UPDATE, March 16, 2020: Things are moving very quickly throughout the industry and the economy at large. As of press time, several retail chains have suspended in-store sampling, and it is foreseeable that more will follow suit. This has obviously been very traumatic to the entire promotional industry, and many important details remain to be seen. In the days and weeks to come, we will be working with retailers to return to allowing demos in stores as soon as it is safe to do so. We remain hopeful that even before the point where actual sampling is has fully returned, they may allow non-sampling demos and promotions to be performed. To this end, many of our suggestions for what can be done in-store will still be valid; additionally, we are recommending that brands take this down-time as an opportunity to more thoroughly train their ambassadors so that they are more effective at consumer education once the doors re-open. We will, of course, keep you fully apprised of any new developments as they occur.

In this post, we’re diving a bit deeper into that idea to identify specific opportunities where healthy/natural/organic brands can gain share in a turbulent market. These opportunities are rooted in the fact that consumers are actively looking for specific information and products that will help them be healthier and combat the COVID-19 threat. 

With that in mind, and based on our experience, here are some product brand categories that can and should be capitalizing on the opportunity to be front and center, educating and promoting to shoppers amid all the fear and panic.

  1. Natural Soaps

This one is easy. Truly natural soaps (such as the amazing products from Dr. Bronners) are WAY better than standard consumer soaps, or even chemical-based antibacterial soaps. For people who are already keenly interested in making sure they have cleaned their hands (etc.) well, all you need to do is tell them that this product is better, and you’ll have an attentive audience.

The key here – as with most Natural/Organic/Sustainable/Healthy (or NOSH) products – is that you need to be able to tell your value story to the shopper who doesn’t already know it. For most brands, the most effective way to do that is person-to-person, with a trained brand ambassador. With a bit of management (and help from Promomash, of course) you can make sure that the extra expense of a demo will be more than compensated by the extra sales and acquisition of new customers.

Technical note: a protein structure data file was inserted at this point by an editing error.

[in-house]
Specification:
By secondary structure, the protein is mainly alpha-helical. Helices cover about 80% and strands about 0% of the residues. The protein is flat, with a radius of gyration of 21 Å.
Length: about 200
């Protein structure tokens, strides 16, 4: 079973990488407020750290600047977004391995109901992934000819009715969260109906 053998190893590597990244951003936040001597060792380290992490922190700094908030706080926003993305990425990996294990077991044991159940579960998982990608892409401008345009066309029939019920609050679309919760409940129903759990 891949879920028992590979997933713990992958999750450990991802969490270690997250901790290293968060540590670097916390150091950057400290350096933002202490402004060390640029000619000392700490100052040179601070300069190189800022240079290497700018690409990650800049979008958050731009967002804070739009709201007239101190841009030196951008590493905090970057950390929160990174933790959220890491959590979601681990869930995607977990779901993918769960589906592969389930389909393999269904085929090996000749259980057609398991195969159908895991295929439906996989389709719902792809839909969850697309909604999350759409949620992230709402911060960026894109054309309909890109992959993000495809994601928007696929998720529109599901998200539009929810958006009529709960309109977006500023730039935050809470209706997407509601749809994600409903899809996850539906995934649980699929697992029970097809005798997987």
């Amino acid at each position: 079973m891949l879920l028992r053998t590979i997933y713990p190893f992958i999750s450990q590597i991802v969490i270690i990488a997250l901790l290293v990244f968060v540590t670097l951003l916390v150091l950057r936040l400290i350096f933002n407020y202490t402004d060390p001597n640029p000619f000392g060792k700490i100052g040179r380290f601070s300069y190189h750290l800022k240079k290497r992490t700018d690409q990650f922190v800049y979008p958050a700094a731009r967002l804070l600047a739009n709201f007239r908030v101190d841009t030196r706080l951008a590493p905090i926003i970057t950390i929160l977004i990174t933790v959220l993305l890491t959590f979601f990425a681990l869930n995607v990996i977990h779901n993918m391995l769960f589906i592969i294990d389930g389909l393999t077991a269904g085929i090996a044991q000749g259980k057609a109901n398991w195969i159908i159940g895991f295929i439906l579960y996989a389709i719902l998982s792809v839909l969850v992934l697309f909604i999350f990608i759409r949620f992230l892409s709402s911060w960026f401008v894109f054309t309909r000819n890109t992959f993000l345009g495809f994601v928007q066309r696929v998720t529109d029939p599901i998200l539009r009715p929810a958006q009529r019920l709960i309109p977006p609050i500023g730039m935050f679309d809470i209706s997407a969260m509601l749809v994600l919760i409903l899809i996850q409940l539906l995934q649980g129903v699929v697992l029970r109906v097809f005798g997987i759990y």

1. Supplements: 

This is another natural fit for the times. There are 2 specific messages that should play well here:

  1. Immune-system support & boost products
  2. General health supplements 

Demos are also a fantastic option for supplements, due to the importance of educating the consumer on how your products help to improve health and immune response, and due to the fact that it’s easier to get a substantial return on investment with the high per-unit prices of the best supplements.

  1. Healthy/organic foods:

Here, more traditional promotional tactics such as displays and discounts can help to increase the prominence of your brand at a more reasonable price. Well-designed coupon/flyers can help to convey your message. These tactics can be deceptively expensive though, and should be evaluated also on the basis of return on that investment; they will tend to require a high base volume in order to be net worthwhile.

  1. Natural sleep aids:

Here’s an opportunity that might not be so obvious – but when you think about it, it’s a potential big double-winner. People are stressed out about everything right now… and they probably need sleep. Help! And on top of that, it’s more important than ever that they get adequate sleep, because for many people that’s the one thing they can do to improve their overall health and immune strength.

If you have a product(s) that encourage a good night’s rest, it’s just a matter of gently reminding people of the importance of sleep, and they’ll be totally on board… probably for the long term.

These are just a few ideas to get your creative juices flowing and to stimulate your marketing boldness. You know your products better than we do, and you know why you developed them for the market. The important thing now is to be bold, spread your message, and turn all the uncertainty into new loyal consumers.

If you would like to discuss ideas for how Promomash can help you get out there promoting fast and furiously during this time, feel free to reach out to our team…we have the expertise and resources to help you make the most out of your promotion dollars.

Good luck!

Originally posted by:
Chris Ambarian is the Co-founder and Chief Marketing Officer of Promomash

How To Uncover Your Competitor’s Ads Without Paying A Dime And Create Profitable Ads In the Process

Are you struggling to come up with ideas for your ads but don’t know where to start?

Are you contemplating on hiring a creative ad agency but don’t have the money to invest?

The best way to create an ad – especially if you’re new – is to model your ads from your competitors.

But make sure you don’t copy it to the T – that’s an absolute big no no.

The goal is to see what type of ads your competition is running and create a similar variation of what they made.

This will save you a lot of money because this process doesn’t require a high budget and often times you can create a similar ad at a lower cost.

One thing I’ve learned in marketing is that not all “expensive” or professional-looking images/videos will translate into sales.

There will be times where the ad that you made for free will convert a lot higher than the ad that costed you $100s of dollars to produce.

Now you’re wondering what’s a cost-effective way to spy on your competitors?

There are tools out there that charge a couple of benjamins and some even charge less than that.

But the best tool I found that’s very useful and has also helped us create profitable ads is………

Drumroll please…..

Facebook Ad library!